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A necessity

Is this yet another film on the camps, on the deportation, on the Shoah? Yes and no.

– Yes, because these events are still close to us (only two generations past) and concern tens of millions of people, but we are still far from fully understanding them.

– Yes, because as the witnesses disappear, these events merge with history, and our relationship to them is modified: so we have to explore and take stock of this new relationship.

– Yes, because research has evolved considerably: this film simply could not have been made ten years ago, back when the status of camps’s photographs was different, and where other battles had to be waged.

– No, because this film does not focus, partially or fully, on the concentration camp narrative, and the universe of the Shoah. Its ambition is different; it tells another story, focused on the difficulties of clandestine representation.

– No, because the main subject of this project is the work of the photographers.

– No, because our goal here is to question the status of these photographs in all their dimensions.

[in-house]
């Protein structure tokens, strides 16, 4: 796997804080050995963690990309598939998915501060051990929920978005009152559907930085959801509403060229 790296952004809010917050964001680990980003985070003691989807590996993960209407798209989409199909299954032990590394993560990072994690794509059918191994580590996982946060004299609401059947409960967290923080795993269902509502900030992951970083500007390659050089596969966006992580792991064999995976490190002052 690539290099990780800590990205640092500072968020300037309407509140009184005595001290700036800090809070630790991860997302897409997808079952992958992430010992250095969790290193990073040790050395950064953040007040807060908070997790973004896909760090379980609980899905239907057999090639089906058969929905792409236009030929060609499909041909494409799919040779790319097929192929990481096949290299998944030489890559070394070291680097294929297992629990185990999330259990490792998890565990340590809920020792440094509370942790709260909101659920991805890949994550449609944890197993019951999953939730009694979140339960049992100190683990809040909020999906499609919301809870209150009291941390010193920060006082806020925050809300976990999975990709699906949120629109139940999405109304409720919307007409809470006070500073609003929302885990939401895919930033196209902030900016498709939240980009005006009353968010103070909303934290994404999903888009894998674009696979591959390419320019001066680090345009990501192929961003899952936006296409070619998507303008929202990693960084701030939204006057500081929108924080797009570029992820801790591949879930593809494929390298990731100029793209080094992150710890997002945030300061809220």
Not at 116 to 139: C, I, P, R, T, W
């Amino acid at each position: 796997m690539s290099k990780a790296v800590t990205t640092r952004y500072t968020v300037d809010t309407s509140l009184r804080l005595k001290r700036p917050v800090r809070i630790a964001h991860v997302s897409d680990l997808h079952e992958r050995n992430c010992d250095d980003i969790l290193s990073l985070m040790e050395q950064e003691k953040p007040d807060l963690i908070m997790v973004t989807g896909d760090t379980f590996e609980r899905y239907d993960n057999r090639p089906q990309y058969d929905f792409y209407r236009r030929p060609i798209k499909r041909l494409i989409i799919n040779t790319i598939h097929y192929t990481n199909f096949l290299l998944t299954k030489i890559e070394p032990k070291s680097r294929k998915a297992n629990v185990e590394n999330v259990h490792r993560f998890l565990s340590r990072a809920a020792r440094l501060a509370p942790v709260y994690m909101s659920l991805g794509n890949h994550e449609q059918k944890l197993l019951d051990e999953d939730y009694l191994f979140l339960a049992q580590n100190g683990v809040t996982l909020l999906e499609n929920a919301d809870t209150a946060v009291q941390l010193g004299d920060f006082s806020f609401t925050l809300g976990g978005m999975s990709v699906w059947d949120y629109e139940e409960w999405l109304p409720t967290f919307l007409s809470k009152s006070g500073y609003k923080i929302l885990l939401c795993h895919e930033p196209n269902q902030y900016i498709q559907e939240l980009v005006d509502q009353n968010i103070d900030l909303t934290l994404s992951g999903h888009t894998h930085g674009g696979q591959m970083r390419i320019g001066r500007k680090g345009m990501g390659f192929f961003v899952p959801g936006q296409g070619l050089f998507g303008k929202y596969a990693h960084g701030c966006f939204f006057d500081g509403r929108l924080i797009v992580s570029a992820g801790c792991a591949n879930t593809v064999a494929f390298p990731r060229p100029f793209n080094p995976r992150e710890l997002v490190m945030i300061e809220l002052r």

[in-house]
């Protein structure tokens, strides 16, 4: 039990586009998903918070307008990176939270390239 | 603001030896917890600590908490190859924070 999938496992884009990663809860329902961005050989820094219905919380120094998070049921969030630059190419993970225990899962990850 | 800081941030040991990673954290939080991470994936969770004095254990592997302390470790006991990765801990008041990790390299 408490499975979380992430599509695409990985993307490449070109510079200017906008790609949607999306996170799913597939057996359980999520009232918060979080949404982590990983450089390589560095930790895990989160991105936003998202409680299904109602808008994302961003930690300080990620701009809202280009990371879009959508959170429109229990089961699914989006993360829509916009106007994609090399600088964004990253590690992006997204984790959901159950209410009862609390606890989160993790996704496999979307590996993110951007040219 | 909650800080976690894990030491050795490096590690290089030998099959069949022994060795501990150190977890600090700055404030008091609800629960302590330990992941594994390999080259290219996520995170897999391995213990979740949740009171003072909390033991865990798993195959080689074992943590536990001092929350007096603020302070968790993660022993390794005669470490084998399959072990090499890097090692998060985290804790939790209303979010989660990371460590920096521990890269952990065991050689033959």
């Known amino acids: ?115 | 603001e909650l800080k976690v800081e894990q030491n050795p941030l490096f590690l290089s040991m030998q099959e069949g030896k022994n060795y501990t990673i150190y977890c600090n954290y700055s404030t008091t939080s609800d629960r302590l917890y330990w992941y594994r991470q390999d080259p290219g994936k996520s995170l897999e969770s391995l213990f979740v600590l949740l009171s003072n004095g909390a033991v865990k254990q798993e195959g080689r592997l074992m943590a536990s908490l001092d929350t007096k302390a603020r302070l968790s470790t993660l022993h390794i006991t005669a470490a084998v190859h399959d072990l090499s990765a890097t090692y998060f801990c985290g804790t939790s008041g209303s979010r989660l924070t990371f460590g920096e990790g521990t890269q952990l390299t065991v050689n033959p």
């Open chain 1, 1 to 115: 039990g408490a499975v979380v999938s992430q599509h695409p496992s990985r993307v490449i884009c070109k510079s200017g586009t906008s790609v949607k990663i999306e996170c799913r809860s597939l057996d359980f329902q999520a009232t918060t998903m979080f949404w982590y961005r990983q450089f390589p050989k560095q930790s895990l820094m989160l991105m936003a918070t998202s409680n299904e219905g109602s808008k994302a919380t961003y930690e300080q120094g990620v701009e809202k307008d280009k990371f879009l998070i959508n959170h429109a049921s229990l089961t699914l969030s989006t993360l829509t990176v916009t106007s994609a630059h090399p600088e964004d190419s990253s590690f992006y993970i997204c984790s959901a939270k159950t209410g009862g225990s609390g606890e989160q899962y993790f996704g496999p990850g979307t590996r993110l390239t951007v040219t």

– No, because the intent here is to explore the power of the image and its confrontation with a universe which completely negated the possibility of its existence.

This time, and for the first time, we see in the same way the deportees themselves saw, through the images they produced; only through the medium of film can such an endeavour be constructed.

On a human level

This film project roughly started twenty years ago, when I met Boris Taslitzky towards the end of his life. Boris was the Jewish, communist painter who survived Buchenwald, and whose mother was murdered in Auschwitz.

À PAS AVEUGLES (FROM WHERE THEY STOOD), and the research on which it is based, owes everything to the relationships I made with Boris and the other deportees I met afterwards: artists (such as José Fosty, Walter Spitzer, Yehuda Bacon, Schlomo Selinger …), photographers (Georges Angéli), writers (like Jorge Semprun), and all the others, including their families and their children (many who are my parents’s age). They’re the ones who led me to visit the sites of the old camps and consult the organisations dedicated to the collection and conservation of these images.